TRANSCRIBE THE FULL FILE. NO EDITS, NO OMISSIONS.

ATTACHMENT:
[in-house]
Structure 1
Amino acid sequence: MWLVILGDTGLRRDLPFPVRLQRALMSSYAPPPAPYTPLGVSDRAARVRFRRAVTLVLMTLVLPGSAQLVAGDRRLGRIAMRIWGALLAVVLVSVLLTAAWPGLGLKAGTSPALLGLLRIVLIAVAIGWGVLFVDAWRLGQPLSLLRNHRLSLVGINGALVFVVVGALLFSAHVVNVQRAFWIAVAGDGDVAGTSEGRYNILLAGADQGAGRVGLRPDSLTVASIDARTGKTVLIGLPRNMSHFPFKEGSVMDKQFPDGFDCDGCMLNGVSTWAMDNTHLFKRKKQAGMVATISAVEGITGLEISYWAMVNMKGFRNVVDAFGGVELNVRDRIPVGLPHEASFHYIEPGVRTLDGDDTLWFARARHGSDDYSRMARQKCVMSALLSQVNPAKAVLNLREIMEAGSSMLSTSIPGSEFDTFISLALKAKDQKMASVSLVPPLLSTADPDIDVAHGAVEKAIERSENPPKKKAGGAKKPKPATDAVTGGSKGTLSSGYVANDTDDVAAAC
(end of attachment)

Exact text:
[in-house]
Structure 1
Amino acid sequence: MWLVILGDTGLRRDLPFPVRLQRALMSSYAPPPAPYTPLGVSDRAARVRFRRAVTLVLMTLVLPGSAQLVAGDRRLGRIAMRIWGALLAVVLVSVLLTAAWPGLGLKAGTSPALLGLLRIVLIAVAIGWGVLFVDAWRLGQPLSLLRNHRLSLVGINGALVFVVVGALLFSAHVVNVQRAFWIAVAGDGDVAGTSEGRYNILLAGADQGAGRVGLRPDSLTVASIDARTGKTVLIGLPRNMSHFPFKEGSVMDKQFPDGFDCDGCMLNGVSTWAMDNTHLFKRKKQAGMVATISAVEGITGLEISYWAMVNMKGFRNVVDAFGGVELNVRDRIPVGLPHEASFHYIEPGVRTLDGDDTLWFARARHGSDDYSRMARQKCVMSALLSQVNPAKAVLNLREIMEAGSSMLSTSIPGSEFDTFISLALKAKDQKMASVSLVPPLLSTADPDIDVAHGAVEKAIERSENPPKKKAGGAKKPKPATDAVTGGSKGTLSSGYVANDTDDVAAAC